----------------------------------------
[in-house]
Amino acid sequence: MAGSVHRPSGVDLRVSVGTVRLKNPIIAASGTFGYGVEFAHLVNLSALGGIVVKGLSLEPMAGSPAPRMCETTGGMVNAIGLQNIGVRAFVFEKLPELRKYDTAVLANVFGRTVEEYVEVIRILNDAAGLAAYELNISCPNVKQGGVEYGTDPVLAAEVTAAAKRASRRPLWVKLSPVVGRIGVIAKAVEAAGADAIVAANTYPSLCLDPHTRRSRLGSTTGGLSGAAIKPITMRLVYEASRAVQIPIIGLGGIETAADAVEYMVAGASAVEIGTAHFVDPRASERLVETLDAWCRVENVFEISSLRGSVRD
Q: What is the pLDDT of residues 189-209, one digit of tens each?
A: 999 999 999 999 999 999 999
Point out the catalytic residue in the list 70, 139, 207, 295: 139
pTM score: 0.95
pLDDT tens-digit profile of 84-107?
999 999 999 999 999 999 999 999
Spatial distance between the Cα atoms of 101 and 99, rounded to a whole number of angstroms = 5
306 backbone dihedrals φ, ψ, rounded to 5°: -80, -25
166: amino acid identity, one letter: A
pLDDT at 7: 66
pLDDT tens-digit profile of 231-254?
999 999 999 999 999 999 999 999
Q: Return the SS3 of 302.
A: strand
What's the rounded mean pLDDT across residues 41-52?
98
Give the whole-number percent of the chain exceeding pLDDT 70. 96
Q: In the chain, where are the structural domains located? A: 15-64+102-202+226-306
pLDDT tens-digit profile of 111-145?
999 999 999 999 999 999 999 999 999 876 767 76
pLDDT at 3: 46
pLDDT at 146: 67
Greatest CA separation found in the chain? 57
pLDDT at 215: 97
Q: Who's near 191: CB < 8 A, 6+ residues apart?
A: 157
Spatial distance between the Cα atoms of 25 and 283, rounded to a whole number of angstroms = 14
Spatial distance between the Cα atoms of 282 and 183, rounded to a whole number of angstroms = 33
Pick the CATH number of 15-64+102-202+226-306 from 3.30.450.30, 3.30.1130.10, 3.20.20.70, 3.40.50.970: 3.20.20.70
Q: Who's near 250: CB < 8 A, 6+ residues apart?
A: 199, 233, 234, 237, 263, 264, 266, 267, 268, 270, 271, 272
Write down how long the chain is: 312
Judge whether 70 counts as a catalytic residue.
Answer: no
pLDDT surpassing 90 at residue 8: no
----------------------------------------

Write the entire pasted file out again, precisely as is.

[in-house]
Amino acid sequence: MAGSVHRPSGVDLRVSVGTVRLKNPIIAASGTFGYGVEFAHLVNLSALGGIVVKGLSLEPMAGSPAPRMCETTGGMVNAIGLQNIGVRAFVFEKLPELRKYDTAVLANVFGRTVEEYVEVIRILNDAAGLAAYELNISCPNVKQGGVEYGTDPVLAAEVTAAAKRASRRPLWVKLSPVVGRIGVIAKAVEAAGADAIVAANTYPSLCLDPHTRRSRLGSTTGGLSGAAIKPITMRLVYEASRAVQIPIIGLGGIETAADAVEYMVAGASAVEIGTAHFVDPRASERLVETLDAWCRVENVFEISSLRGSVRD
Q: What is the pLDDT of residues 189-209, one digit of tens each?
A: 999 999 999 999 999 999 999
Point out the catalytic residue in the list 70, 139, 207, 295: 139
pTM score: 0.95
pLDDT tens-digit profile of 84-107?
999 999 999 999 999 999 999 999
Spatial distance between the Cα atoms of 101 and 99, rounded to a whole number of angstroms = 5
306 backbone dihedrals φ, ψ, rounded to 5°: -80, -25
166: amino acid identity, one letter: A
pLDDT at 7: 66
pLDDT tens-digit profile of 231-254?
999 999 999 999 999 999 999 999
Q: Return the SS3 of 302.
A: strand
What's the rounded mean pLDDT across residues 41-52?
98
Give the whole-number percent of the chain exceeding pLDDT 70. 96
Q: In the chain, where are the structural domains located? A: 15-64+102-202+226-306
pLDDT tens-digit profile of 111-145?
999 999 999 999 999 999 999 999 999 876 767 76
pLDDT at 3: 46
pLDDT at 146: 67
Greatest CA separation found in the chain? 57
pLDDT at 215: 97
Q: Who's near 191: CB < 8 A, 6+ residues apart?
A: 157
Spatial distance between the Cα atoms of 25 and 283, rounded to a whole number of angstroms = 14
Spatial distance between the Cα atoms of 282 and 183, rounded to a whole number of angstroms = 33
Pick the CATH number of 15-64+102-202+226-306 from 3.30.450.30, 3.30.1130.10, 3.20.20.70, 3.40.50.970: 3.20.20.70
Q: Who's near 250: CB < 8 A, 6+ residues apart?
A: 199, 233, 234, 237, 263, 264, 266, 267, 268, 270, 271, 272
Write down how long the chain is: 312
Judge whether 70 counts as a catalytic residue.
Answer: no
pLDDT surpassing 90 at residue 8: no